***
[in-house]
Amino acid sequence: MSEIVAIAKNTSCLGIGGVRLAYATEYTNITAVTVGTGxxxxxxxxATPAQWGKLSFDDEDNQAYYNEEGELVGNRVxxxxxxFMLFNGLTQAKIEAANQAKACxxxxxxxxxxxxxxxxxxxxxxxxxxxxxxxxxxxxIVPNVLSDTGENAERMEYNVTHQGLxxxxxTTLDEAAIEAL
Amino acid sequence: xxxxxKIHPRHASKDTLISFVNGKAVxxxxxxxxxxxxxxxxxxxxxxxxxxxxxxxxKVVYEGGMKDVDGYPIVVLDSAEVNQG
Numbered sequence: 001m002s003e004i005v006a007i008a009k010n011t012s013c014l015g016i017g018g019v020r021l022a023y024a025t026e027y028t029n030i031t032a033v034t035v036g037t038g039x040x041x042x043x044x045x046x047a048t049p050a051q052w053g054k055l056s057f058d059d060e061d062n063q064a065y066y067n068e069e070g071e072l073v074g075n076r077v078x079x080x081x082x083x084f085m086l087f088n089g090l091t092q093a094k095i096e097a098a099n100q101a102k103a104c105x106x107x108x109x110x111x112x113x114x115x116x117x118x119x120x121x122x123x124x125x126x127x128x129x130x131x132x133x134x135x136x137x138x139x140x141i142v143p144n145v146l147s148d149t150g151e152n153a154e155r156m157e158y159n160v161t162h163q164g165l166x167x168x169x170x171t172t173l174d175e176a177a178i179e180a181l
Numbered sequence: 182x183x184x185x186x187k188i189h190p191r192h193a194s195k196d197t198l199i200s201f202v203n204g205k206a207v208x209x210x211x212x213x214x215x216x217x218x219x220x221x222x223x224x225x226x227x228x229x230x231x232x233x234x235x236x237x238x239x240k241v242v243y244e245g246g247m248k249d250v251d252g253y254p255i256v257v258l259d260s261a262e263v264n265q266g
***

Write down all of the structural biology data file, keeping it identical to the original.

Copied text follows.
[in-house]
Amino acid sequence: MSEIVAIAKNTSCLGIGGVRLAYATEYTNITAVTVGTGxxxxxxxxATPAQWGKLSFDDEDNQAYYNEEGELVGNRVxxxxxxFMLFNGLTQAKIEAANQAKACxxxxxxxxxxxxxxxxxxxxxxxxxxxxxxxxxxxxIVPNVLSDTGENAERMEYNVTHQGLxxxxxTTLDEAAIEAL
Amino acid sequence: xxxxxKIHPRHASKDTLISFVNGKAVxxxxxxxxxxxxxxxxxxxxxxxxxxxxxxxxKVVYEGGMKDVDGYPIVVLDSAEVNQG
Numbered sequence: 001m002s003e004i005v006a007i008a009k010n011t012s013c014l015g016i017g018g019v020r021l022a023y024a025t026e027y028t029n030i031t032a033v034t035v036g037t038g039x040x041x042x043x044x045x046x047a048t049p050a051q052w053g054k055l056s057f058d059d060e061d062n063q064a065y066y067n068e069e070g071e072l073v074g075n076r077v078x079x080x081x082x083x084f085m086l087f088n089g090l091t092q093a094k095i096e097a098a099n100q101a102k103a104c105x106x107x108x109x110x111x112x113x114x115x116x117x118x119x120x121x122x123x124x125x126x127x128x129x130x131x132x133x134x135x136x137x138x139x140x141i142v143p144n145v146l147s148d149t150g151e152n153a154e155r156m157e158y159n160v161t162h163q164g165l166x167x168x169x170x171t172t173l174d175e176a177a178i179e180a181l
Numbered sequence: 182x183x184x185x186x187k188i189h190p191r192h193a194s195k196d197t198l199i200s201f202v203n204g205k206a207v208x209x210x211x212x213x214x215x216x217x218x219x220x221x222x223x224x225x226x227x228x229x230x231x232x233x234x235x236x237x238x239x240k241v242v243y244e245g246g247m248k249d250v251d252g253y254p255i256v257v258l259d260s261a262e263v264n265q266g